Drain Holes On Forks - Page 2 - Stromtrooper Forum : Suzuki V-Strom Motorcycle Forums
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post #11 of 26 Old 02-09-2019, 12:15 AM
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Originally Posted by Fox View Post
Is the state of the fork oil something that matters? The manual doesn't even mention the forks in periodic maintenance except to inspect them.
Many riders will notice some improvement with fresh oil.

It will remove contaminants so it will slow down the wear on internal parts (no filter like your motor) the old oil will look & feel like grinding paste over time.

Water can sometimes get past the seals and infect the oil and without a change you will never know.

It is a opportunity to use a different weight oil and possibly improve your ride.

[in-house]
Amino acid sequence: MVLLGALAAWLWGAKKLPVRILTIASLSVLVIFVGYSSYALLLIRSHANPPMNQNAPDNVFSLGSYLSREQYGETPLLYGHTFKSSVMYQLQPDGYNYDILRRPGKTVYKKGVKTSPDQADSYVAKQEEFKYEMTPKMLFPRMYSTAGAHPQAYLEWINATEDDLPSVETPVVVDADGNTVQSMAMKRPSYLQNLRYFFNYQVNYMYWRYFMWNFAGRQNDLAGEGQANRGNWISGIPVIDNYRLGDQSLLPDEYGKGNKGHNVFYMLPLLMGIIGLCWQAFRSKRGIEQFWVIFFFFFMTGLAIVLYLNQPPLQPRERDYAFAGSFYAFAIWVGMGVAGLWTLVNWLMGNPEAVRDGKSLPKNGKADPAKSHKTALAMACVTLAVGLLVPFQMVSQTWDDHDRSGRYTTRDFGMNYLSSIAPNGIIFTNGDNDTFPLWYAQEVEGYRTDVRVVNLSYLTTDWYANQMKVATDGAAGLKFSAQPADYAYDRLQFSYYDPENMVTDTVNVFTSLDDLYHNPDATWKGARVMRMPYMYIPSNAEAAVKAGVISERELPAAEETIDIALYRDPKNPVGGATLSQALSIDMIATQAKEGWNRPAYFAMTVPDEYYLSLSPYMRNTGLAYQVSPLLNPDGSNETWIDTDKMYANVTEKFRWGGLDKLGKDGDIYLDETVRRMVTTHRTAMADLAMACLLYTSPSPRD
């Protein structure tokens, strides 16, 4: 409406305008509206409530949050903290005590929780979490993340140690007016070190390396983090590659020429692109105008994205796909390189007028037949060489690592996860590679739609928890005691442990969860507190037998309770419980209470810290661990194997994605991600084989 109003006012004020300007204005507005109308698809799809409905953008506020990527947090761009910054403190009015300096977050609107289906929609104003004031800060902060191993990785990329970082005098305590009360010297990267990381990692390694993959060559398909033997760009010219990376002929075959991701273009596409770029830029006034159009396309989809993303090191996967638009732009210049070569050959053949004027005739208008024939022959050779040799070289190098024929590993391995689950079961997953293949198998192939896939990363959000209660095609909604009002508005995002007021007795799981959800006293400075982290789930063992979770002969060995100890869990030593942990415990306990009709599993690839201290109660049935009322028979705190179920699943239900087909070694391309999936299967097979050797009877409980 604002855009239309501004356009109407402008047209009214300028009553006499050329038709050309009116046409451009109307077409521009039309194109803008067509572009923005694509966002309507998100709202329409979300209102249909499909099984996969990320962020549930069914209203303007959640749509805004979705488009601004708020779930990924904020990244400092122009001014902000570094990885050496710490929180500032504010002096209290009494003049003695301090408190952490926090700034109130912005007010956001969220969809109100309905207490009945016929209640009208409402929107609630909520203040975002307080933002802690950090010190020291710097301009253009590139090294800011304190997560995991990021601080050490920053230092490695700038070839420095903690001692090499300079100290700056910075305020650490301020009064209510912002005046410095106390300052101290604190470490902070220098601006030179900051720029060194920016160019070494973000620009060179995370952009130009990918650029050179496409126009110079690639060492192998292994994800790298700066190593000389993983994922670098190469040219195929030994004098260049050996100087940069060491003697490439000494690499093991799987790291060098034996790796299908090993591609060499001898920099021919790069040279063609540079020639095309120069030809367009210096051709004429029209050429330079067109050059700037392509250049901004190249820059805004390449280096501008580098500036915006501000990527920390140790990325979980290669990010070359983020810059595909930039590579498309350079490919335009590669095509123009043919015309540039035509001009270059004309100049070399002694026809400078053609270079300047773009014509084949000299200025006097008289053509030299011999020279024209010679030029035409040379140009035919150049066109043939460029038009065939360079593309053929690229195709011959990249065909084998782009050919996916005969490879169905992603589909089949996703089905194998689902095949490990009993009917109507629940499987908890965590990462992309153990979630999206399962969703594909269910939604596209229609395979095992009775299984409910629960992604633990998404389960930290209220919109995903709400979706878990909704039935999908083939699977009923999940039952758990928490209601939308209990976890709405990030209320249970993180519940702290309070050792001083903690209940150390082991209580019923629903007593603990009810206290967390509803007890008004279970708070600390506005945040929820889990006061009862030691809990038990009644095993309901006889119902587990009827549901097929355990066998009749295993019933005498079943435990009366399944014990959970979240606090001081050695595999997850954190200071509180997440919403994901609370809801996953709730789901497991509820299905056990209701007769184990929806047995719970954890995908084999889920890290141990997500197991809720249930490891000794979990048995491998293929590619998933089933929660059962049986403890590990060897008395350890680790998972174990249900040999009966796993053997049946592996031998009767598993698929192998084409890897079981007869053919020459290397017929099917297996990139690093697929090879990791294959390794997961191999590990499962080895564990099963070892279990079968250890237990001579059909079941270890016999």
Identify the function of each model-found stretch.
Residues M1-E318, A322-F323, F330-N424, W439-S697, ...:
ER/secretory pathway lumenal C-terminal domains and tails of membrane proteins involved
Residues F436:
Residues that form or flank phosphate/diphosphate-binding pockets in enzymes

If you are on the original oil it will smell like dead fish so you will know you are doing the right thing.
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post #12 of 26 Old 02-09-2019, 11:53 AM
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Originally Posted by Rolex View Post
Many riders will notice some improvement with fresh oil.

It will remove contaminants so it will slow down the wear on internal parts (no filter like your motor) the old oil will look & feel like grinding paste over time.

Water can sometimes get past the seals and infect the oil and without a change you will never know.

It is a opportunity to use a different weight oil and possibly improve your ride.

If you are on the original oil it will smell like dead fish so you will know you are doing the right thing.